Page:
Much of this park, like so much in the Denver and Central Colorado area, is very hilly. These hills are used to the best advantage on the many water slides that make up most of the attractions at Water World. There seemed to be an endless array of water slides to choose from: body slides, tube slides, family raft slides, some slides that you race other riders, some enclosed, some open-air. There are some drawbacks to this, though. Riders have to carry their own tubes, racing mats, family rafts, etc. to the top of each ride, and each ride is at the top of a VERY long walkway. For those of us from a lower altitude, where there is more oxygen, we definitely felt the effects of oxygen deprivation several times. There is a special up-charge service called Tube Valet, where special rafts are reserved at the start of some of the most popular attractions, sort of a Fast-Lane type of system which saves you having to carry your own raft to the top — but you still have to walk to the top of each attraction. You do get front-of-line access for the most popular attractions. The cost of this service is $45, but only one rider in a four-rider raft needs to have purchased this service. Another service, Personal Tube Rental also an up-charge but for a lower rate ($5/person or $8/two people), reserves personal tubes for riders on certain tube rides, so that you don't have to wait for a tube to be freed up so that you can get it and start up the walk. You have to carry it up yourself, and once again, you still have to walk.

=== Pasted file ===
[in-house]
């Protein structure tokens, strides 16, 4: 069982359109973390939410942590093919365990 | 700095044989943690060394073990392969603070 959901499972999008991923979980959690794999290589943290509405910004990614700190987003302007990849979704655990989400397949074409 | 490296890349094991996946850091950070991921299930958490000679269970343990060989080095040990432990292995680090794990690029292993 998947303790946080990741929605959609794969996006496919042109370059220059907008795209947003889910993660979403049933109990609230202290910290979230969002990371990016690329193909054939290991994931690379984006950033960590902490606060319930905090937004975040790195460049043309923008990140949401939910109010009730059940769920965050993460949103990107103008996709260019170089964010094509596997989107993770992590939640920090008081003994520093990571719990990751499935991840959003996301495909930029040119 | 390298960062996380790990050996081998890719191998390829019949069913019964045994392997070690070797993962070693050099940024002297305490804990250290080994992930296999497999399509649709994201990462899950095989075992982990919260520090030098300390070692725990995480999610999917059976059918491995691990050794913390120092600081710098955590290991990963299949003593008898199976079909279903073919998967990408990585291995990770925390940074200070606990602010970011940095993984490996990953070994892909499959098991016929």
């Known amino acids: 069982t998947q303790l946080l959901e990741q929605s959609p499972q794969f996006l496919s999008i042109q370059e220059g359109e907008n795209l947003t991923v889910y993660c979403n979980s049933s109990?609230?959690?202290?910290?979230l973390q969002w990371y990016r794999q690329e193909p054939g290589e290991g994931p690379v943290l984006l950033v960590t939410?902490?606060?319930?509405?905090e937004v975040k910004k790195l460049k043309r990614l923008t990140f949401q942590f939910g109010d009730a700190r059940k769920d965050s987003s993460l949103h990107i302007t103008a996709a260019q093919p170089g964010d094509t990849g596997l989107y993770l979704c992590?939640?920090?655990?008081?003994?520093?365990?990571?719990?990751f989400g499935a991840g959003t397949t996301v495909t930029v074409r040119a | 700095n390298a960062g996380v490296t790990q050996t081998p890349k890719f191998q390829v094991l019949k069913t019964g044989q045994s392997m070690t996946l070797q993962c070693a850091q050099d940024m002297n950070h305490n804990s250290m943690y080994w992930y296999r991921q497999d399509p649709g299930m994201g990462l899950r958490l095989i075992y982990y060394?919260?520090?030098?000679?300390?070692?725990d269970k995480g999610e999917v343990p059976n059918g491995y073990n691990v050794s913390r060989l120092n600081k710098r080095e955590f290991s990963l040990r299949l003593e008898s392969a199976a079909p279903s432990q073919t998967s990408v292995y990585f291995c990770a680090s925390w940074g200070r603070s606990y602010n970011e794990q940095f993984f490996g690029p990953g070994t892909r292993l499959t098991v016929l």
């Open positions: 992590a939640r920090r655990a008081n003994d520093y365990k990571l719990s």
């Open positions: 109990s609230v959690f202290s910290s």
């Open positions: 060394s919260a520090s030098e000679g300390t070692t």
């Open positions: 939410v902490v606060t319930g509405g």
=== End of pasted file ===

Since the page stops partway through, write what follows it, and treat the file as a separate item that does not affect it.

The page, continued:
The layout of Water World is very confusing. It looks like it was expanded several times, and with the restrictions of its hillside location it can be very hard to figure out how to get to a certain attraction without one of the many maps that are found throughout the park. Even then, when you think you are on the right way to a certain water slide or food court, it is easy to get turned around by the doubling-back of some of the walkways. Several places had missing signs, where the entrance to two different attractions were signed for only one of them. The park is divided into several different themed "lands" such as "Big Top," "River Country" and "Wild Isle" but they all seem to just run into each other with no defining borders. It is a very attractive park visually, but not an especially efficient park to navigate, at least for a first timer.